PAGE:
Jeremy wrote “Don’t Let the Database Dictate Your Object Model mentioned that

Many, if not most, enterprise applications have both an object model and the database model. For the most part, convergent evolution will probably lead the two models to be very similar, but it’s potentially dangerous to constrain the two models to match perfectly because the two models reflect different concerns altogether.

* Database Model – When you design a database model you’re primarily worried about the best way to structure data for efficient storage and retrieval, while also enforcing data integrity rules

* Object Model – The object model is first and foremost concerned with modelling the behavior and business logic of the system.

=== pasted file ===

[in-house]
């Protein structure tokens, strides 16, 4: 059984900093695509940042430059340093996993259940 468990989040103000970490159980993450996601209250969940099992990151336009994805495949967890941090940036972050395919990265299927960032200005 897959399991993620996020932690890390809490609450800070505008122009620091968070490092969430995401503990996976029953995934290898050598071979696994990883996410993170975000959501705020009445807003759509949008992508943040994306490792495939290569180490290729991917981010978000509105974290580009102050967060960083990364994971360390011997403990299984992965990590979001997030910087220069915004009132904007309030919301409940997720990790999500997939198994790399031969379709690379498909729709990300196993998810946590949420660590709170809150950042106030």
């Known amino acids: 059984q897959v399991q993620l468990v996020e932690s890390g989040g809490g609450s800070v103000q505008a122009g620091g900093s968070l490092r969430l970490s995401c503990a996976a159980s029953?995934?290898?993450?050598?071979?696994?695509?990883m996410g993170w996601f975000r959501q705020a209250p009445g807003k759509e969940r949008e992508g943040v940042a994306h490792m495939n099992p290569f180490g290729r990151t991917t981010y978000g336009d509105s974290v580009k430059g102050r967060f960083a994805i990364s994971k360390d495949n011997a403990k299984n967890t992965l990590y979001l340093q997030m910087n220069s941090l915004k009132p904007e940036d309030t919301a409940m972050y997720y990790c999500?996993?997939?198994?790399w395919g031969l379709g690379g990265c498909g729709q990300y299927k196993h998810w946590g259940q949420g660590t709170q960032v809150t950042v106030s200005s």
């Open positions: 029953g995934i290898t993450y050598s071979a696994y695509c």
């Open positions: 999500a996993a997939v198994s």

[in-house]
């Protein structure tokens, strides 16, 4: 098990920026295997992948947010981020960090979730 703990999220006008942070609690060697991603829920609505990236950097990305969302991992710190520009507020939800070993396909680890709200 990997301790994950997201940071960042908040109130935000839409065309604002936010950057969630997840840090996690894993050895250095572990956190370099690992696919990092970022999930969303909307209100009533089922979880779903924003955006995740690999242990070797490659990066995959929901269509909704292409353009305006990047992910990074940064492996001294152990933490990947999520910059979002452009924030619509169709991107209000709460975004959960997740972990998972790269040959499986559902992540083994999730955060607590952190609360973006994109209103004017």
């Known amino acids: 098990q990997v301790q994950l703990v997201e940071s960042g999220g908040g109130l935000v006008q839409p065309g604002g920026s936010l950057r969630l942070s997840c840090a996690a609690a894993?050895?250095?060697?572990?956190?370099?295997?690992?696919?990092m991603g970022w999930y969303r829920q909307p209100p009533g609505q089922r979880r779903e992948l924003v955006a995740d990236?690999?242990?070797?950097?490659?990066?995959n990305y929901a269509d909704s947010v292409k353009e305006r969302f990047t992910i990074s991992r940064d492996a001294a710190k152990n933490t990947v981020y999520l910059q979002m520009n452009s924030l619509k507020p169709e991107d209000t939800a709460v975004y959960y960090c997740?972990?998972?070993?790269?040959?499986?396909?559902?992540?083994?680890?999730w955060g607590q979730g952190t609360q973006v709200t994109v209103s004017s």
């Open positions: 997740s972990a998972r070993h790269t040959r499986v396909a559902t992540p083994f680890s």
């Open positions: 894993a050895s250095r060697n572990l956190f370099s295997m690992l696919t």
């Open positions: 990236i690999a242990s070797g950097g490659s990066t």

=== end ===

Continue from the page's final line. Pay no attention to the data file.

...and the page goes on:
Ideally, I’d like to work on these two models somewhat independently and allow both models to reflect their different concerns first, and each other second.

Actually when I start for a new project, I always consider Martin Fowler’s Patterns of Enterprise Application Architecture.

The most patterns I look up are Object-Relational Structural Patterns, Object-Relational Behavioral Patterns, Data Source Architectural Patterns and Domain Logic Patterns. Also I will reference Domain Driven Design Quickly which is a short, quick-readable summary and introduction to the fundamentals of DDD.

There is no universal architecture can contain all patters. Most projects are hybrid patterns and sort of experience.

Patterns in Enterprise Software
The books from Domain Driven Design
Domain Logic and SQL